Cerebro oculo facio skeletal (COFS) syndrome is a genetic degenerative disorder of the brain and spinal cord that begins before birth. Individuals with cerebro-oculo-facio-skeletal syndrome are usually identified at birth or shortly thereafter, on the basis of their physical appearance and severe psychomotor retardation. However, some may present prenatally.
The disorder is characterized by growth failure at birth and little or no neurological development, structural abnormalities of the eye and fixed bending of the spine and joints. Abnormalities of the skull, face, limbs and other parts of the body may also occur. COFS syndrome is inherited as an autosomal recessive genetic trait. COFS is now considered to be part of the spectrum of disorders within Cockayne syndrome.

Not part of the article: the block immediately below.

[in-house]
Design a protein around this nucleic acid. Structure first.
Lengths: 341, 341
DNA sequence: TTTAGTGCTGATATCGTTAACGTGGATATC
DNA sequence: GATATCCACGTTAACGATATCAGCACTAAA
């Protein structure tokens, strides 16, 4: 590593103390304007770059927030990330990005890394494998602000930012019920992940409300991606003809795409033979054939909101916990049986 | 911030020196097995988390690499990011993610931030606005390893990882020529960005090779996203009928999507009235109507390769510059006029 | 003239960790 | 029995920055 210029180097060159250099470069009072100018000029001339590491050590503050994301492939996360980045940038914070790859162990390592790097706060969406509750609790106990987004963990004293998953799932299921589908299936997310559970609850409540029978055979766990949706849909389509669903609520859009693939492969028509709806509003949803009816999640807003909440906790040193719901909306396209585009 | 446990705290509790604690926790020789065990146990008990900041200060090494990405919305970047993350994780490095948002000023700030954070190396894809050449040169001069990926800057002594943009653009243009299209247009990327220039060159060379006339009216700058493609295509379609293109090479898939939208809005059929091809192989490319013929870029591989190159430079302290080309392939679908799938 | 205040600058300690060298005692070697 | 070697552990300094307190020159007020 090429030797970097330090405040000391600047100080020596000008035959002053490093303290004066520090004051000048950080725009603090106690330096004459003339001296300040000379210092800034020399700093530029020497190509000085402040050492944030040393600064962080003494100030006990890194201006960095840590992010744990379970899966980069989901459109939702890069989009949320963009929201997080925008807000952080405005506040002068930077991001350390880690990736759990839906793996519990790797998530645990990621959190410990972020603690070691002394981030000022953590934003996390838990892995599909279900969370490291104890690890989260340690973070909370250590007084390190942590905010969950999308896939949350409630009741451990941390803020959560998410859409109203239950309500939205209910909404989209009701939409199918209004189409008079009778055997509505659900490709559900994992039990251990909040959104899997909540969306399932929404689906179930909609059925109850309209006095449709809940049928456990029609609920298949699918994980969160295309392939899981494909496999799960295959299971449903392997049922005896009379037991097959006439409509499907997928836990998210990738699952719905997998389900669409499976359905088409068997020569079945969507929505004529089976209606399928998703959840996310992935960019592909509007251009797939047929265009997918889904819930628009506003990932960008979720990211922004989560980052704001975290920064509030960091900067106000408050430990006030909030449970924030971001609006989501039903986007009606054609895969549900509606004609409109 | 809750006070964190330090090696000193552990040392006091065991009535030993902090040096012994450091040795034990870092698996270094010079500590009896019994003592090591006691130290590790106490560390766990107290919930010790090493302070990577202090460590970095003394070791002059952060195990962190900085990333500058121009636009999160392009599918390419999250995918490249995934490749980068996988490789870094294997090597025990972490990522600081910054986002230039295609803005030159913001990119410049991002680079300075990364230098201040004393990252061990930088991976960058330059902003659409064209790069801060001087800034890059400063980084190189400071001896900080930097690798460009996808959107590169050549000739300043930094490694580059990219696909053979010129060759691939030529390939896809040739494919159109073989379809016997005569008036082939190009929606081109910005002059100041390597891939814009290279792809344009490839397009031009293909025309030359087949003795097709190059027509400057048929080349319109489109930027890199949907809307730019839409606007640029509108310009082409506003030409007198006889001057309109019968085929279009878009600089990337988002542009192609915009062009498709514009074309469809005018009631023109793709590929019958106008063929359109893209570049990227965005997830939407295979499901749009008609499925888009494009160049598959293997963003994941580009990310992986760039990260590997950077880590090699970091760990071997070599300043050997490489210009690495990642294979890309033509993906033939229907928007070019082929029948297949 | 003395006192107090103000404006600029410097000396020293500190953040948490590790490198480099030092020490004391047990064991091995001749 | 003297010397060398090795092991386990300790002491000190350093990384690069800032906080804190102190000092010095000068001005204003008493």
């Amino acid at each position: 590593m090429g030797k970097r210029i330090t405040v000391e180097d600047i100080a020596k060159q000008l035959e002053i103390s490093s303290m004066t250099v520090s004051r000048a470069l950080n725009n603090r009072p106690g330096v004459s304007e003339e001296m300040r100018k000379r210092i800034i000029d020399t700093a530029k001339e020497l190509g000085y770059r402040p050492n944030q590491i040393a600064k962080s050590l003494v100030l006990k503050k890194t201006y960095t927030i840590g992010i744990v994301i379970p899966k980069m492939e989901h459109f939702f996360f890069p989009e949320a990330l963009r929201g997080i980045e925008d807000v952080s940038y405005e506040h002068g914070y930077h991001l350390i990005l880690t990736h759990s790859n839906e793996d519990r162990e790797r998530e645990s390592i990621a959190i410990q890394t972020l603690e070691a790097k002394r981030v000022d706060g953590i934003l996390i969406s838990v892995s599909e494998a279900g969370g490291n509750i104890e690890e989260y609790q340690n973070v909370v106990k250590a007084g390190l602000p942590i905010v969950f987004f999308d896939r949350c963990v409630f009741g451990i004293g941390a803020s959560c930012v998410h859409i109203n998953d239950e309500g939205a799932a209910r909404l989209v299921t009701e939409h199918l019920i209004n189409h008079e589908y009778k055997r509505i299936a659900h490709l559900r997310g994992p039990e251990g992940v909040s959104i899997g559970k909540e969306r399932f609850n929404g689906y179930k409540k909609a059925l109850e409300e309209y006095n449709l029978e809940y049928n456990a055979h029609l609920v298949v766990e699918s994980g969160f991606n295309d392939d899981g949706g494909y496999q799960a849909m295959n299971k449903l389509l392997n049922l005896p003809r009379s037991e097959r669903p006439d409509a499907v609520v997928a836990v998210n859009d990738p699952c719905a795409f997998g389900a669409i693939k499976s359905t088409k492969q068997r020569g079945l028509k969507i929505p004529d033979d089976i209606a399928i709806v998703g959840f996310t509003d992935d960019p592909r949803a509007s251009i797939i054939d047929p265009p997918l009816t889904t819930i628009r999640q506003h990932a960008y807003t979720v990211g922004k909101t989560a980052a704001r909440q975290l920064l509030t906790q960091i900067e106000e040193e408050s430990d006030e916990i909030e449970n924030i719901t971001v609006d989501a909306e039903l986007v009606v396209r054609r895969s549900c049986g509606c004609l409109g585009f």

COFS is diagnosed at birth. Ultrasound technology can detect foetuses with COFS at an early stage of pregnancy, as the fetus moves very little, and some of the abnormalities result, in part, from lack of movement.
The treatment of cerebro-oculo-facio-skeletal syndrome depends on the kind of symptoms the person has and how severe it is. Individuals suffering from the disorder tend to often be in need of tube feeding. Since COFS is genetic, one may seek genetic counseling as well.
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